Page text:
Heart of Dryness

IN ANCIENT SUMER, the residents of Umma destroyed the water supply of a rival city-state. India and Pakistan have crossed swords over the Indus River. The relationship the United States shares with Mexico owes a fair part of its gritty tension to the overused rivers of our arid border. In James Workman’s Heart of Dryness, all these conflicts and more are merely a taste of what’s to come in a world of population growth and climate change, a prelude to what he calls “an age of permanent drought” that is “coming soon to a landscape near you.”

Workman, who worked in southern Africa as a water expert, gives voice to the true experts in water conservation. They’re not the dam builders, the bureaucrats, or the consultants from international NGOs; rather, they’re the Bushmen, some of whom still manage to make a living in some of the world’s most arid places, facing almost unimaginable extremes of drought and heat and thirst.

And oppression, for Workman’s tale also focuses on the Botswana government’s efforts, launched in 2002 at the onset of a severe drought, to evict the last Bushmen from the heart of the Kalahari Desert by cutting off their water supply. The goal was (accounts vary) to ease access to the desert for tourism and conservation, or to allow large-scale diamond mining, or simply to exercise control because a modern government cannot tolerate a group of people who refuse to submit to its largesse in providing water and other services.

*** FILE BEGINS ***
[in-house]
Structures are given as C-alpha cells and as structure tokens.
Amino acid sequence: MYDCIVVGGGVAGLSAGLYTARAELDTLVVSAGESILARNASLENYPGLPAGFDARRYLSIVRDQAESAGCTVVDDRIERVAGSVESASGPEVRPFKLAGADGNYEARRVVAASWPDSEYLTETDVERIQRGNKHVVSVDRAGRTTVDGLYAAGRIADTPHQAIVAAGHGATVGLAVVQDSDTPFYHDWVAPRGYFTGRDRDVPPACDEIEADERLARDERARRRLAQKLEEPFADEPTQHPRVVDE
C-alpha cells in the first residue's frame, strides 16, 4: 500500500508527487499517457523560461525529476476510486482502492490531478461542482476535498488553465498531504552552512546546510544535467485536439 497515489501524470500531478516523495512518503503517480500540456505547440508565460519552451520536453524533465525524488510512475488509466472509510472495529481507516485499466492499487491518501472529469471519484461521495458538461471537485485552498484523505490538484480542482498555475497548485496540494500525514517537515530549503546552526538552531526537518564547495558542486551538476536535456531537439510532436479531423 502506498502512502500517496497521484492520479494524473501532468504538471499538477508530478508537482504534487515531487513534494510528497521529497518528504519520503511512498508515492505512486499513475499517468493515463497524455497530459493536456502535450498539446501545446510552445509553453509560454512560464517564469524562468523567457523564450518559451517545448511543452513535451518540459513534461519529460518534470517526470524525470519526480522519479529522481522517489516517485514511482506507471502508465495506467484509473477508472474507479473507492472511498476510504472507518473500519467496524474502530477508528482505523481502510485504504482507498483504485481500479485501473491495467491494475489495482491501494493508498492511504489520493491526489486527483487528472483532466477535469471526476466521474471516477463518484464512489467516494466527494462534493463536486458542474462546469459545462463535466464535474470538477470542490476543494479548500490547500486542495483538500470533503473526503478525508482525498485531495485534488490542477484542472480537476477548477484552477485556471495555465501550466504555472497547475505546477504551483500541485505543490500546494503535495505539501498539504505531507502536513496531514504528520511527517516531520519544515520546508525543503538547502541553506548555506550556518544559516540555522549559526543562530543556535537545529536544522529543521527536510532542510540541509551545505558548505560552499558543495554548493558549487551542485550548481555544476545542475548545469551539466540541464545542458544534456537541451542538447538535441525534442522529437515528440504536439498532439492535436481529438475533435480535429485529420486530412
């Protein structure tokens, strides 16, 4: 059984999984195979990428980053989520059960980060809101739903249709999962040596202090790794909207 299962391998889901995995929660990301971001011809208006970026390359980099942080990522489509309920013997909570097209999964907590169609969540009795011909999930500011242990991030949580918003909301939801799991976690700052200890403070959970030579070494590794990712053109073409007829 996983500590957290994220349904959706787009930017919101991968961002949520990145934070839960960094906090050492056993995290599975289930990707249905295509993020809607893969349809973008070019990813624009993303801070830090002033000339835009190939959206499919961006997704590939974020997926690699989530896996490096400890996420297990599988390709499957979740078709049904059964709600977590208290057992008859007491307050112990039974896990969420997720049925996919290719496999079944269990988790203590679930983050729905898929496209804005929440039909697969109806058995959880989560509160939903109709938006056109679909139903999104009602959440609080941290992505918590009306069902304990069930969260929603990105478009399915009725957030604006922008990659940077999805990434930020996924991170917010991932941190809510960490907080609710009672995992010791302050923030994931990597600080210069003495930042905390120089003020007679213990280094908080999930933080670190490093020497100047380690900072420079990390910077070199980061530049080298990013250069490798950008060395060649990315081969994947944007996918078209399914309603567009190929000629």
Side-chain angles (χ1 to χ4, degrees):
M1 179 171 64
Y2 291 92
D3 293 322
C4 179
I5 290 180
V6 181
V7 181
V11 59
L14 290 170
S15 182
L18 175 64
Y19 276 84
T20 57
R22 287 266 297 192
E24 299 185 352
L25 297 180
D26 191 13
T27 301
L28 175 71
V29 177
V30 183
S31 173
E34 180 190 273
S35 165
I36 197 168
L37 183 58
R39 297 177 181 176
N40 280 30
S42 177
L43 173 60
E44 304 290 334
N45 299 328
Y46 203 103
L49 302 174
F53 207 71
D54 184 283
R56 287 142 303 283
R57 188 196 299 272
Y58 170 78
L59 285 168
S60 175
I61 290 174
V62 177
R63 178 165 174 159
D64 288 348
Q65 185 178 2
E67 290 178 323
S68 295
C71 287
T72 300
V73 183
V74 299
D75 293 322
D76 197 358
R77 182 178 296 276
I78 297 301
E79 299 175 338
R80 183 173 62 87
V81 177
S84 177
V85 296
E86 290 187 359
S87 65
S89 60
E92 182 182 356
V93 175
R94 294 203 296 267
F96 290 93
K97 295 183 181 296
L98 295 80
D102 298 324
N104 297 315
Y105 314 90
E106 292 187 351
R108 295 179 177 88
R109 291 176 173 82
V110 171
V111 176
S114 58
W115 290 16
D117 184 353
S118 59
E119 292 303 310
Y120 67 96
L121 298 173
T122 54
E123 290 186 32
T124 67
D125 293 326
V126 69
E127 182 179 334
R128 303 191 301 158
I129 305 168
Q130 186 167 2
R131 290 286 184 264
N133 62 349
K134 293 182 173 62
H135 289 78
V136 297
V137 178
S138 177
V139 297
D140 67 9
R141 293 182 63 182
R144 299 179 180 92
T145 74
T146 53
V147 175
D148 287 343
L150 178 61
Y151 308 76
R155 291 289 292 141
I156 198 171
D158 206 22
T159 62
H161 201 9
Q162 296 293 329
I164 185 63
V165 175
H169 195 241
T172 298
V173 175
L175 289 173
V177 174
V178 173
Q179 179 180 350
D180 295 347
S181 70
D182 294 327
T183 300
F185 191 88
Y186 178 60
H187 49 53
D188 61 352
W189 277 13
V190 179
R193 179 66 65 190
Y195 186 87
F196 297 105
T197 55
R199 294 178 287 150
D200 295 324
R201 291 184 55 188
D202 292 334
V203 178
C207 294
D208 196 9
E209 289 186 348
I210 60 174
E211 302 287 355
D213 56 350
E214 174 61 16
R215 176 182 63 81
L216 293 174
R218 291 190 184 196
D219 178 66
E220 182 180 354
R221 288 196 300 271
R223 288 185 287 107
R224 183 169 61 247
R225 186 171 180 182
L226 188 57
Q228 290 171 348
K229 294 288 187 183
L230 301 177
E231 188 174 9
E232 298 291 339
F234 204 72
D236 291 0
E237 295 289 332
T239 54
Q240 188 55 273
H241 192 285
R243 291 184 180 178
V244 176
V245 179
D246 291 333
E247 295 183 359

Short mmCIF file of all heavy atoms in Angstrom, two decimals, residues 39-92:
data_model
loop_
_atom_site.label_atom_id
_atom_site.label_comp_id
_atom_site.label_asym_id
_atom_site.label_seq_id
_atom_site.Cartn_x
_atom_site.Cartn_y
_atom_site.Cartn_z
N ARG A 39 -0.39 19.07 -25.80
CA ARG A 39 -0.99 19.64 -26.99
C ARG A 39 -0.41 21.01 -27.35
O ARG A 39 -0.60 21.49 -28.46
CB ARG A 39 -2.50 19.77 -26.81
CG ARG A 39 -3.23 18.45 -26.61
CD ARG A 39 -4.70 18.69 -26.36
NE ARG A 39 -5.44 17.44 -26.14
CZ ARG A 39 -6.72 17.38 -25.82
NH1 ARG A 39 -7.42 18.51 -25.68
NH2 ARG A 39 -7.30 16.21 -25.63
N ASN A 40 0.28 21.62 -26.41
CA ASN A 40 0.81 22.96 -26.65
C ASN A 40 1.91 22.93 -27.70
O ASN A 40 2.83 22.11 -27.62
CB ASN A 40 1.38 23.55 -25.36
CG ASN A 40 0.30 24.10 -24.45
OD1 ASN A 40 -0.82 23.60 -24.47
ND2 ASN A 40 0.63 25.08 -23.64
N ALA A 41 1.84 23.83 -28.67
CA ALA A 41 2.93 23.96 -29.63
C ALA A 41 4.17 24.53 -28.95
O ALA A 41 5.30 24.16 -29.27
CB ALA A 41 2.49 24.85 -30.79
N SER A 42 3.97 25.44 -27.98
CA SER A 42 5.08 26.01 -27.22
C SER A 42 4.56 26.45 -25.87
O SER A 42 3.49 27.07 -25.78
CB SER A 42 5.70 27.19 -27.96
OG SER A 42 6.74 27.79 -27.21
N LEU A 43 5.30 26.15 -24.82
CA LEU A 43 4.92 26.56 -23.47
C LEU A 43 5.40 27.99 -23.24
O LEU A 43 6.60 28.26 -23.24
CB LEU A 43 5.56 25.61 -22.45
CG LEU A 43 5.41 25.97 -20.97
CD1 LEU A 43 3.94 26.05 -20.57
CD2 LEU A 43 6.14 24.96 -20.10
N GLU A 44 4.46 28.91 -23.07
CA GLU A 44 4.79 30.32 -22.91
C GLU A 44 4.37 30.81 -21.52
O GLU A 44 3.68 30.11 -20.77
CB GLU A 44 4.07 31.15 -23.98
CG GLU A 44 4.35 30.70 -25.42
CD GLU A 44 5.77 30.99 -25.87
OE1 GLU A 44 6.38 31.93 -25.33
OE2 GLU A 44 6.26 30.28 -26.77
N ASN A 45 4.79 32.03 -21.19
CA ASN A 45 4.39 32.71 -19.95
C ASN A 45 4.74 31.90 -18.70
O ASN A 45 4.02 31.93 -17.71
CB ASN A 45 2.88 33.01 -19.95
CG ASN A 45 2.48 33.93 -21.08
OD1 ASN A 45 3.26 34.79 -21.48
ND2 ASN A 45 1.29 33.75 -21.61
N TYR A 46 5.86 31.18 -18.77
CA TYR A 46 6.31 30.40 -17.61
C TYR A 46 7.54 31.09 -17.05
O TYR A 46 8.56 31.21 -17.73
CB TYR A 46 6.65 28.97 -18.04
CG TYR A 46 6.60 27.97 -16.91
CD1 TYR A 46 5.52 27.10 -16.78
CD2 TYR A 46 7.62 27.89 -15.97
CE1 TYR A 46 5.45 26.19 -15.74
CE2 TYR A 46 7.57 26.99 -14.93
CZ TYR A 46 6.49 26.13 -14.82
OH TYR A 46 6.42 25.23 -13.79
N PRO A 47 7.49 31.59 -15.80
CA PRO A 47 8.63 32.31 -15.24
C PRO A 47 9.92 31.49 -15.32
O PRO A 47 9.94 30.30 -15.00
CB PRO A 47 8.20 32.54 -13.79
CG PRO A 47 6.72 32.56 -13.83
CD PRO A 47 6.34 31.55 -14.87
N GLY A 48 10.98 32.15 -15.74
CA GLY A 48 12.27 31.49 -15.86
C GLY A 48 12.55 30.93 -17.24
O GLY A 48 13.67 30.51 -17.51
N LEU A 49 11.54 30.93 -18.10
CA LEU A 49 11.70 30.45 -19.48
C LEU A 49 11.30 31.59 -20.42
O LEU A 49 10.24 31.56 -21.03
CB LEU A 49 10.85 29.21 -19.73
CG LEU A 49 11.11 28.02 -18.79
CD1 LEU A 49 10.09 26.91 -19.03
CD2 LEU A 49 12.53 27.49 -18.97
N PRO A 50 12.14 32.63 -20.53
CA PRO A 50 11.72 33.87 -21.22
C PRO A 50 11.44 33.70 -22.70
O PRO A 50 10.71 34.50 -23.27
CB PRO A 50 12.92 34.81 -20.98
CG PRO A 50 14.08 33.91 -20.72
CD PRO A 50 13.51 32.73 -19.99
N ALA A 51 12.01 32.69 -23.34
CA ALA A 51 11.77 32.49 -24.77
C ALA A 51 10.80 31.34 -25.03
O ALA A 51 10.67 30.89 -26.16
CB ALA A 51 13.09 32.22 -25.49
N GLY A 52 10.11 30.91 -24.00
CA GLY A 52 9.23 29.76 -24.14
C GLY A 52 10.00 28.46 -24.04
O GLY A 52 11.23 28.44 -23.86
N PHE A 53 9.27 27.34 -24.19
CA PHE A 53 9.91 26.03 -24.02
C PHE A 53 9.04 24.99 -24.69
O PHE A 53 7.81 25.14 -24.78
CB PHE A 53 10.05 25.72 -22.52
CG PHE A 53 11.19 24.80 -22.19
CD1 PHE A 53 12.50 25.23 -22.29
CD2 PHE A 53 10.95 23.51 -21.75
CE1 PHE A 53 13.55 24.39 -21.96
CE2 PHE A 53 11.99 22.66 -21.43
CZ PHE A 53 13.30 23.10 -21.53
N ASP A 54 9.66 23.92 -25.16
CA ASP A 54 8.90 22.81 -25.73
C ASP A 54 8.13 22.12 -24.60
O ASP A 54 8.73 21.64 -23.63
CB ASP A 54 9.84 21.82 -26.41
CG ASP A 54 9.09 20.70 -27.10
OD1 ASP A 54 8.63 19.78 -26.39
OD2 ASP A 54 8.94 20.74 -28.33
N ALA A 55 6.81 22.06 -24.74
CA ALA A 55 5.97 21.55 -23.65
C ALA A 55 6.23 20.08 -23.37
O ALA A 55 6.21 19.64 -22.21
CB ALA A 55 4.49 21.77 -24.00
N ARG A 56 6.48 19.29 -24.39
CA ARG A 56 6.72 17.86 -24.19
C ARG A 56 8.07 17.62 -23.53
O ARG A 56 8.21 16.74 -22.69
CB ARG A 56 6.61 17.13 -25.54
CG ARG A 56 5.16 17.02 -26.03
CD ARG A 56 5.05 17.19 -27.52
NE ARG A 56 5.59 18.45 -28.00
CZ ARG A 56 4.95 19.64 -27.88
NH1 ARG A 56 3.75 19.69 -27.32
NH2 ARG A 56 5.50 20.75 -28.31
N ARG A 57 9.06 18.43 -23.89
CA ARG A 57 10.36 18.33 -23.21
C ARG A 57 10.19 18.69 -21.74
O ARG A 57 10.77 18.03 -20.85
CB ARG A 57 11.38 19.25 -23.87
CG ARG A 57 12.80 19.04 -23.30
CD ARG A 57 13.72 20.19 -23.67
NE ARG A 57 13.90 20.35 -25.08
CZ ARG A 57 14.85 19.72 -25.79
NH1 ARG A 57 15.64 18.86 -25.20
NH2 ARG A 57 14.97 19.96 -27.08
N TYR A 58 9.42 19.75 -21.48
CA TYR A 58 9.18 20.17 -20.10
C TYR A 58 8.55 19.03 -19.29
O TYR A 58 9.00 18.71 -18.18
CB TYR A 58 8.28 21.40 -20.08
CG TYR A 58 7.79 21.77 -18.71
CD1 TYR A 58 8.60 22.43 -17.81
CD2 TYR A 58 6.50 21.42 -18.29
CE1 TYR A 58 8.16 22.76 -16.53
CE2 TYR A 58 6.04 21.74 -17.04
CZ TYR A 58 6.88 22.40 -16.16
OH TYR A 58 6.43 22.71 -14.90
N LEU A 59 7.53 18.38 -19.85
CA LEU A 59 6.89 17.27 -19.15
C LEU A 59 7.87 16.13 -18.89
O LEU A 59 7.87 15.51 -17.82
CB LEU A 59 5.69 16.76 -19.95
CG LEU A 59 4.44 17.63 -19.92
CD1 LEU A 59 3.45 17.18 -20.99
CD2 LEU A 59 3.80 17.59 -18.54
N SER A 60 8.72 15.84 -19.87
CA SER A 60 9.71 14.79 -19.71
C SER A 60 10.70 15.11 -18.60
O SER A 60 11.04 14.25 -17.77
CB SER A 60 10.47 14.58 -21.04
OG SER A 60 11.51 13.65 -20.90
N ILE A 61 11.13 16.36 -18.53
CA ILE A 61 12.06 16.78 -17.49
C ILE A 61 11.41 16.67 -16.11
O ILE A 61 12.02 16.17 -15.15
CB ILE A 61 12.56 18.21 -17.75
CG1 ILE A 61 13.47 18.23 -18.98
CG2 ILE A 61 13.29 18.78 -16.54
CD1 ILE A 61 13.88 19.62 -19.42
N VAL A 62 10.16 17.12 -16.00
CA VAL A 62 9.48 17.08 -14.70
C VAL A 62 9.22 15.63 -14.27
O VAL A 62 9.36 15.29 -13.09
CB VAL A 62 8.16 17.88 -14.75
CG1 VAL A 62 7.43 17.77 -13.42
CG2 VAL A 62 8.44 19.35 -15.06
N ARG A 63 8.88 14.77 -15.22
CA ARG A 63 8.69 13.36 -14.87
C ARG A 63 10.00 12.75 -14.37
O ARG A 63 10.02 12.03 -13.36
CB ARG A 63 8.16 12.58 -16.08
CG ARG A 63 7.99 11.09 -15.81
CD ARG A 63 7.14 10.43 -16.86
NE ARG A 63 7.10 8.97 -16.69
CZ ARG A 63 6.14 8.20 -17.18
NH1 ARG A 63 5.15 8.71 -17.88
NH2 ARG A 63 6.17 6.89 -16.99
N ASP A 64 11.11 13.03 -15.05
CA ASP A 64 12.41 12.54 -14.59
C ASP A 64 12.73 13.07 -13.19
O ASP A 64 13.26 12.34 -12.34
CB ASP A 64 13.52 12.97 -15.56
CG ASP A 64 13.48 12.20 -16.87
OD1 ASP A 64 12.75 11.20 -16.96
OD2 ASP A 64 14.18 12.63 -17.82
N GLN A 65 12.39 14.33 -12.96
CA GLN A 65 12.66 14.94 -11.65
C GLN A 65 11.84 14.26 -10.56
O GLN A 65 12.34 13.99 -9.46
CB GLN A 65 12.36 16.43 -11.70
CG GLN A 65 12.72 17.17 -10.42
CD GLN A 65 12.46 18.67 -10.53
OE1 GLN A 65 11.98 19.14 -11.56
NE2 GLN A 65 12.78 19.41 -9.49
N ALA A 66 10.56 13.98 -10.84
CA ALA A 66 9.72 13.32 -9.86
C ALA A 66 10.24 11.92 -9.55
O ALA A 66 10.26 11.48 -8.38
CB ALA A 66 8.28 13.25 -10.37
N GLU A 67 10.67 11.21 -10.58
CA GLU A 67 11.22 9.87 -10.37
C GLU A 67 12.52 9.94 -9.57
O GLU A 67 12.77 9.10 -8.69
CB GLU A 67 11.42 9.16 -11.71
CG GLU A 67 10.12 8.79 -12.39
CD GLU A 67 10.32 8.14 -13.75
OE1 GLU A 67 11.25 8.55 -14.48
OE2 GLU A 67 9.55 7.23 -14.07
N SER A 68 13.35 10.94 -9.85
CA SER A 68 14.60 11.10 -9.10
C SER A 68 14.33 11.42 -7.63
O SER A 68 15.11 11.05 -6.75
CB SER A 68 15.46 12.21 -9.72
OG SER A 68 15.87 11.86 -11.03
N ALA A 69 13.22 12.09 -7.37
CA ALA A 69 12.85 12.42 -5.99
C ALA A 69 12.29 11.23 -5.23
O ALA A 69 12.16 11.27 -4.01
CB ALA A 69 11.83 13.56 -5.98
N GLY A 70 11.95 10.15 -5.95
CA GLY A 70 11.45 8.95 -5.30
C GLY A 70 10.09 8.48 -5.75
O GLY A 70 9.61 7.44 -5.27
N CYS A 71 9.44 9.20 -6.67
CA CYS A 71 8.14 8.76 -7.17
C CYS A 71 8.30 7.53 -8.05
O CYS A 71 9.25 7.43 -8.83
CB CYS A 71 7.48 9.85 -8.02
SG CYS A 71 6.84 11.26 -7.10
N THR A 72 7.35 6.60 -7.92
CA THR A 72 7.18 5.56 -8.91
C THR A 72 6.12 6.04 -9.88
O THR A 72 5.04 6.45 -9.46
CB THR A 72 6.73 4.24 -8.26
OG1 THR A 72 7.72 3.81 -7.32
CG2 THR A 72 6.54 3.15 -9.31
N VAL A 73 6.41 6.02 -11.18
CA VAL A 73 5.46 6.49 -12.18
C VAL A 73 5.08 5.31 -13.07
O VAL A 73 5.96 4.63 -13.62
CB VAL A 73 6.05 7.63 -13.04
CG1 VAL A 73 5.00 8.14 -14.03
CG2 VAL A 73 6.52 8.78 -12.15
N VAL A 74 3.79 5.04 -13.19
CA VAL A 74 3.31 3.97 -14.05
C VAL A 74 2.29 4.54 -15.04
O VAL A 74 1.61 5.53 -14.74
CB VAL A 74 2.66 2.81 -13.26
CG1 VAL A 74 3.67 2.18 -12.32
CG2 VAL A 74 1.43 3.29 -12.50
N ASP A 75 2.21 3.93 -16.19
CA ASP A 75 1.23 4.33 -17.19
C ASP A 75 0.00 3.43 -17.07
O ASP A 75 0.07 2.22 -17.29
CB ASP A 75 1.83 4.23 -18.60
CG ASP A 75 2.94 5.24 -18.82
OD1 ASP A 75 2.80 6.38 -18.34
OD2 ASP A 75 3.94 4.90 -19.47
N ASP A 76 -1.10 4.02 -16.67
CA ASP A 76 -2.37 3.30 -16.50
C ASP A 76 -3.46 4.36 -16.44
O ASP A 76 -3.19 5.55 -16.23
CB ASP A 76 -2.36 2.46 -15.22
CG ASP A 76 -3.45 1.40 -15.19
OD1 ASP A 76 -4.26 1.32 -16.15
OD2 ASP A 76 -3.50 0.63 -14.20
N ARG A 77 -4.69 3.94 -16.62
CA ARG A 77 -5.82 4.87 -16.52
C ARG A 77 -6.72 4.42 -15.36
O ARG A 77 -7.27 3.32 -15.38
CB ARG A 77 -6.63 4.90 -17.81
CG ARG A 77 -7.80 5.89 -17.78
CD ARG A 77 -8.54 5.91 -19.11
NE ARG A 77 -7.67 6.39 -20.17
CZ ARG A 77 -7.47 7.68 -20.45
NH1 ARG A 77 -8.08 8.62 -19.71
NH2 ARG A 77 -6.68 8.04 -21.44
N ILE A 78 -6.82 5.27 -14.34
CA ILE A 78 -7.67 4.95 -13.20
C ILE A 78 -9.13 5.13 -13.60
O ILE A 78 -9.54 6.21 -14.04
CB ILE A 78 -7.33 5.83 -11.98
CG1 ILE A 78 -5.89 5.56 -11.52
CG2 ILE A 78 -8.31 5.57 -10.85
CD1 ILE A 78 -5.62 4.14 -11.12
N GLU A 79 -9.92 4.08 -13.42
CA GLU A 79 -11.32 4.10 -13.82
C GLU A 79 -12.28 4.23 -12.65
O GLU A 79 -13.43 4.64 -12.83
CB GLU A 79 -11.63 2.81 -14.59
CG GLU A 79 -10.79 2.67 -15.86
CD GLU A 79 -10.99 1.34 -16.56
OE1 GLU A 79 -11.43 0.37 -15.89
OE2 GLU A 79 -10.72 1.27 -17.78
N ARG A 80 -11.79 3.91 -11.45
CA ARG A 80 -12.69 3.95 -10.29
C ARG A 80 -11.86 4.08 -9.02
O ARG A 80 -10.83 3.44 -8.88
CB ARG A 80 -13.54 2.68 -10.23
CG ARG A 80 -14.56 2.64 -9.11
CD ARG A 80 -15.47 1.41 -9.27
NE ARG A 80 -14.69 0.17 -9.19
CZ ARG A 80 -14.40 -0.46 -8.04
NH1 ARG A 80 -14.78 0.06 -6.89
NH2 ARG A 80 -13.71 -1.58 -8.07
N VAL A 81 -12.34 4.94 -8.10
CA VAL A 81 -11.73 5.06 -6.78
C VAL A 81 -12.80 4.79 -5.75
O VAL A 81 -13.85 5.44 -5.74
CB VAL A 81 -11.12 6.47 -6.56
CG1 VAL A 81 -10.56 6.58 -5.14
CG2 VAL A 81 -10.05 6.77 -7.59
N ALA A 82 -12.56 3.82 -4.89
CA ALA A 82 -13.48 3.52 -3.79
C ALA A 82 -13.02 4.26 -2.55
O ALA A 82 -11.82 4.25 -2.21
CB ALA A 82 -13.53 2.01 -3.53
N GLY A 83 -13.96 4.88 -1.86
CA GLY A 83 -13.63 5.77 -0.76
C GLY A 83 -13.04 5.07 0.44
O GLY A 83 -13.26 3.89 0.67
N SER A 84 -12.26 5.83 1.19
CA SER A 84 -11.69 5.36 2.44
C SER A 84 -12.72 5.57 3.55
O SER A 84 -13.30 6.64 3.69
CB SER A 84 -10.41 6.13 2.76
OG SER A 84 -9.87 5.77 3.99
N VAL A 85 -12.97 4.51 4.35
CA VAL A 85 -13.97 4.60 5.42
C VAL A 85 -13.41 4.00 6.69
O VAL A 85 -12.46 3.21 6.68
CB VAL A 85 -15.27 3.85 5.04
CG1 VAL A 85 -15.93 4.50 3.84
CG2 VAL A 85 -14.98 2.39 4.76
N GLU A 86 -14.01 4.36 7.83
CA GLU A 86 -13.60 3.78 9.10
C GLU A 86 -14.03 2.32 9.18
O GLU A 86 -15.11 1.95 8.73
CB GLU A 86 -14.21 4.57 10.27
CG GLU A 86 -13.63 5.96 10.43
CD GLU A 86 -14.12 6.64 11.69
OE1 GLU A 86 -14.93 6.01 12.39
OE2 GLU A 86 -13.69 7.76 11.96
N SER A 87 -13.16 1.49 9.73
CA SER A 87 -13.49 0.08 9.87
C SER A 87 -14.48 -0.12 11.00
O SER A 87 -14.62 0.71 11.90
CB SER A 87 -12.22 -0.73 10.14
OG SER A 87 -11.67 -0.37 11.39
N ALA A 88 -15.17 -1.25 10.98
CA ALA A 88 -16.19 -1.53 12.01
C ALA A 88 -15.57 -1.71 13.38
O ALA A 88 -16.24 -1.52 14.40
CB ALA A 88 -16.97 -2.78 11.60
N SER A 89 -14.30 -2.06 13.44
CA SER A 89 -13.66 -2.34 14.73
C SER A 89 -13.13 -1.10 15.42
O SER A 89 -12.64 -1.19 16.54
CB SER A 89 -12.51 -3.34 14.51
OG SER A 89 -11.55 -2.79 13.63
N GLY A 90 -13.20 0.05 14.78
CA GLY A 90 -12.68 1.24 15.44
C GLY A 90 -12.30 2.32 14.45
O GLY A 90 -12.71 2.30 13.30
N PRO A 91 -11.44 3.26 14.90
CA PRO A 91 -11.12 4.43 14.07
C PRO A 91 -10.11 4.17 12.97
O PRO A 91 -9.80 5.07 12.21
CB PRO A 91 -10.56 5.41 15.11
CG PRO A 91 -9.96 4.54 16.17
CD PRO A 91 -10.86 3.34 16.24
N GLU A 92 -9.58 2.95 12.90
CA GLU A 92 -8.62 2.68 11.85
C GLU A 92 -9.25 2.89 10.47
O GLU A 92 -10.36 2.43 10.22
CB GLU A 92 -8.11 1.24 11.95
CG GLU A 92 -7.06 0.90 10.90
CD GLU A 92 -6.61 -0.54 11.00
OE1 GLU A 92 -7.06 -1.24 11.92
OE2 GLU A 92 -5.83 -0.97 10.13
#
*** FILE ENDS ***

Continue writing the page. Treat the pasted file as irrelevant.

Workman recounts how a tribal elder, Qoroxloo, and her clan stuck out what amounted to a siege through sheer doggedness and a sophisticated knowledge of how to draw the last drops of water from the desert’s plants, animals, and buried wells. Some dodge officials as they hunt and gather; some smuggle water into the desert; some testify in a national courtroom drama that has become about as epic as the long drought.

The book is rich with detail both about how Bushmen live and about the perilous situation much of the rest of the world faces with regard to its future water supplies. Regrettably, Workman’s storytelling never really sings. Too often scenes that must have been vivid in real life — sitting around the fire with a group of Bushmen, or getting stranded in the desert — never quite come to life in the narrative.

But taking the reader to the Kalahari really isn’t Workman’s purpose. It’s showing how the Kalahari is likely coming to us, and soon; it’s outlining what the author calls “the end of dependence on easy access to government provision of abundant freshwater.” It’s introducing an interesting idea about water management — namely, that people might use water much more sensibly if it were provided in small but inalienable individual endowments that could be hoarded, sold, or bartered. But the greatest lesson he draws from the Bushmen is that it’s their intricate social web, more than individual know-how, that allows them to live together in a dry place. If it’s true that “drought splits us apart,” it is also water’s singular power to enforce the bonds between us that may be its most magical quality.